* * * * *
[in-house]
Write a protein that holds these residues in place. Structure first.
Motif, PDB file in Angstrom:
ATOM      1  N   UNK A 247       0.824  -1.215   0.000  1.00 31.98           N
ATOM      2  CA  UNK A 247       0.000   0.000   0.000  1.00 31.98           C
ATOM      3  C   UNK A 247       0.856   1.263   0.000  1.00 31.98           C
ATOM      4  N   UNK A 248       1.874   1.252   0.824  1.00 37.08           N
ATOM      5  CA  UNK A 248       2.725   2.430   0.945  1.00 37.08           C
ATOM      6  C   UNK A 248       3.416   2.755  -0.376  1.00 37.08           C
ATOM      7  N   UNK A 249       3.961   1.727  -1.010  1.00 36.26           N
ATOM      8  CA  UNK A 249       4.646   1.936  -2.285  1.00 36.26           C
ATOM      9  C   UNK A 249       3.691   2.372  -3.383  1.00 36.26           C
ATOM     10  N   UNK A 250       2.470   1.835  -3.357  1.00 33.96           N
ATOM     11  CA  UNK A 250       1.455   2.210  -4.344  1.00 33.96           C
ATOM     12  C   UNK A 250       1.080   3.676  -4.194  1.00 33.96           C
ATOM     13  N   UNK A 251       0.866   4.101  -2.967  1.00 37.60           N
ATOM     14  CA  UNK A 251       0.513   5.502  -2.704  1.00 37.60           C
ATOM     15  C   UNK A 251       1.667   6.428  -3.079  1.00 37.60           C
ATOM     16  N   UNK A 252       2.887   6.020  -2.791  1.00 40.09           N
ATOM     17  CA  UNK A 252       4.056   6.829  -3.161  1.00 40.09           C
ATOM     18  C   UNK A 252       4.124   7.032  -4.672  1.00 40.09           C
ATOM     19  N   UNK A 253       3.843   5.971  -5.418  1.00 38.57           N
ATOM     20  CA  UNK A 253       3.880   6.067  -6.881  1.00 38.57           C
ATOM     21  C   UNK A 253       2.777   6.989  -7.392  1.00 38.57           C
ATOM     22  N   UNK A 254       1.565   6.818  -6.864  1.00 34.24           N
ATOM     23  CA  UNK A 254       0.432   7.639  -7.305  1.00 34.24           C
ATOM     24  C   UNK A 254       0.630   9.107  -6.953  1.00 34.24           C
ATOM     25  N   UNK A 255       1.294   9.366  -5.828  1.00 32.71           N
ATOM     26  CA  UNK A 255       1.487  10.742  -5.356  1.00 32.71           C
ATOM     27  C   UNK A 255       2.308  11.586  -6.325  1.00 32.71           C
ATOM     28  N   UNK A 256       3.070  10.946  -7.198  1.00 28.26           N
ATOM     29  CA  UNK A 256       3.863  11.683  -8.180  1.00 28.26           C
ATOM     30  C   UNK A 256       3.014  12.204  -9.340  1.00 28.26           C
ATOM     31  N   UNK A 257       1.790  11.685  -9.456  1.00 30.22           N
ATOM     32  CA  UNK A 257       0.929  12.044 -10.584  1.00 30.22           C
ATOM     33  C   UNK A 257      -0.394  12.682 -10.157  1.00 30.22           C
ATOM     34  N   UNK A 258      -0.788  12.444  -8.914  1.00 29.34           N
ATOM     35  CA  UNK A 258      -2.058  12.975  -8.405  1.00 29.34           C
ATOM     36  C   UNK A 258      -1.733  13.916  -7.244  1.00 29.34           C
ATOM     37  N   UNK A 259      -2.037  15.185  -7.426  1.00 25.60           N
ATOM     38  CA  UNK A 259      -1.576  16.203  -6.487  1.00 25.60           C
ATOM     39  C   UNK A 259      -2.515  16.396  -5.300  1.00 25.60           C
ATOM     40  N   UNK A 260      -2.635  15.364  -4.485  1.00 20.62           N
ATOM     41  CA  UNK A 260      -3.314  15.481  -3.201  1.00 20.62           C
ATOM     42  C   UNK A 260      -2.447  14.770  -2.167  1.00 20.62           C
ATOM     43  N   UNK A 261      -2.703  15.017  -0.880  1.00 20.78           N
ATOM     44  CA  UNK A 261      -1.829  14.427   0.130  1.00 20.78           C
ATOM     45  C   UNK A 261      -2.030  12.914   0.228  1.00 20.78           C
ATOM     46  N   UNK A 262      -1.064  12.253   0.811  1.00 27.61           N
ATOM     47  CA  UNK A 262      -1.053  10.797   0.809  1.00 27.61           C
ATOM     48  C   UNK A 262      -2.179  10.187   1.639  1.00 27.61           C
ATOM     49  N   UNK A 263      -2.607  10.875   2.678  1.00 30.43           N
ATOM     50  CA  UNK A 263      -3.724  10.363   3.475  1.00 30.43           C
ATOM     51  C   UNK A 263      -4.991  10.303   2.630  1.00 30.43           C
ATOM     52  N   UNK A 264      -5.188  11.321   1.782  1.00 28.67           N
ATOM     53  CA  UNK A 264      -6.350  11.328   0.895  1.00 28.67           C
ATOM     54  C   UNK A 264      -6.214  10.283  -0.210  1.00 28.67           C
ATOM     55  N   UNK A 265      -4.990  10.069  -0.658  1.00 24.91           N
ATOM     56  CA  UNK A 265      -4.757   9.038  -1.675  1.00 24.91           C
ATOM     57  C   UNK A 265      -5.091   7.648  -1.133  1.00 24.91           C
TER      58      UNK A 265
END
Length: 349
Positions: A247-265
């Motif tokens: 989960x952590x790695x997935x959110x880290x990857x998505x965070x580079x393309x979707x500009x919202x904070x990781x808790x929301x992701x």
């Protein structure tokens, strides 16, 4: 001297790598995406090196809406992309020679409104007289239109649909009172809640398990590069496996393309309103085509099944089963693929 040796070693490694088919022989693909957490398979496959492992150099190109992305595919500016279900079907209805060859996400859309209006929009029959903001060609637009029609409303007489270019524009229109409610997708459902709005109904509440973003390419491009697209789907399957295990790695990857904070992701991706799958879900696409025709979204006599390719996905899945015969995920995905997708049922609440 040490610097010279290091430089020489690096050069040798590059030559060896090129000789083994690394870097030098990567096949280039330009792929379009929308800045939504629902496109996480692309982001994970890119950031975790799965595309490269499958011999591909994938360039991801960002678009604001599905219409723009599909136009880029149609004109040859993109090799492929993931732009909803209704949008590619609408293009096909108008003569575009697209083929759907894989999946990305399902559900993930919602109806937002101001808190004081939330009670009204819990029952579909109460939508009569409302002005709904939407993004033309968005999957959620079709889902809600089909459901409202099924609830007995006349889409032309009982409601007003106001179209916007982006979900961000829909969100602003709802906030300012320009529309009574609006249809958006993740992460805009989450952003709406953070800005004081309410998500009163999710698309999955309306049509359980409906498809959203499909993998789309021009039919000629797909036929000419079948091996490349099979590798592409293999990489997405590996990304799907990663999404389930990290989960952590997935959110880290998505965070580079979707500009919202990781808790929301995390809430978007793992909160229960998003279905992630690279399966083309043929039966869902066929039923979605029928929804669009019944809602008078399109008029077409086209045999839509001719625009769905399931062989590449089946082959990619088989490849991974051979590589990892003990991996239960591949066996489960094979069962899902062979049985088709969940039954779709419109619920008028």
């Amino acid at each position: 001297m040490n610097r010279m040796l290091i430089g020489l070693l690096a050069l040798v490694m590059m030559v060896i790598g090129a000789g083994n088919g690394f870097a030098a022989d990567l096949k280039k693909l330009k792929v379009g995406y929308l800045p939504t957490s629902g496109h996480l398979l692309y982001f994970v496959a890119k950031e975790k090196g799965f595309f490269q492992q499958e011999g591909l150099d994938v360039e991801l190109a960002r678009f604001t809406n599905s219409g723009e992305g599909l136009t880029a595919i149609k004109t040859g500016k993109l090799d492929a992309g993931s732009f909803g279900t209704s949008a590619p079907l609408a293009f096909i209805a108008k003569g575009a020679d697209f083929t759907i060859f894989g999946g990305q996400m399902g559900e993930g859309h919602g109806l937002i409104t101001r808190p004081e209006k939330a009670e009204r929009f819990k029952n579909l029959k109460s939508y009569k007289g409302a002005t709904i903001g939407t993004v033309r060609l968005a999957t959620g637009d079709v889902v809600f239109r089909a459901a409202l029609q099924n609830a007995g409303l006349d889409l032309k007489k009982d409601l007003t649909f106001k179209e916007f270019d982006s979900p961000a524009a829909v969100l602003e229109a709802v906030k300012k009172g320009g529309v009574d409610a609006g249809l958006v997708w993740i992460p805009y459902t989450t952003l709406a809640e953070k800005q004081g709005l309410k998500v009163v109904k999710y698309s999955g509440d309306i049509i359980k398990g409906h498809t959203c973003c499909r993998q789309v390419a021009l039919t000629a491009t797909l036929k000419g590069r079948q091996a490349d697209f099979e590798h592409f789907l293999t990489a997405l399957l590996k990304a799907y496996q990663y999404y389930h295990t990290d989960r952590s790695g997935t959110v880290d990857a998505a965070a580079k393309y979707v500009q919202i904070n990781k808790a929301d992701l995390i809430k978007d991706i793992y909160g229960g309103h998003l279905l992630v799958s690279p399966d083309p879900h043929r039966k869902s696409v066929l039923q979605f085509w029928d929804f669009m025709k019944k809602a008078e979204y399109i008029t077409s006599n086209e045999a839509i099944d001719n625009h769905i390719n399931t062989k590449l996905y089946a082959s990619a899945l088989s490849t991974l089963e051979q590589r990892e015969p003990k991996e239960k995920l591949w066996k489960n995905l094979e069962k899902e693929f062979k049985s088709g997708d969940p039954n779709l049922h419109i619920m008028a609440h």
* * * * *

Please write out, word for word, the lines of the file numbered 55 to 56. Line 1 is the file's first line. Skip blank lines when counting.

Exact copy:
ATOM     52  N   UNK A 264      -5.188  11.321   1.782  1.00 28.67           N
ATOM     53  CA  UNK A 264      -6.350  11.328   0.895  1.00 28.67           C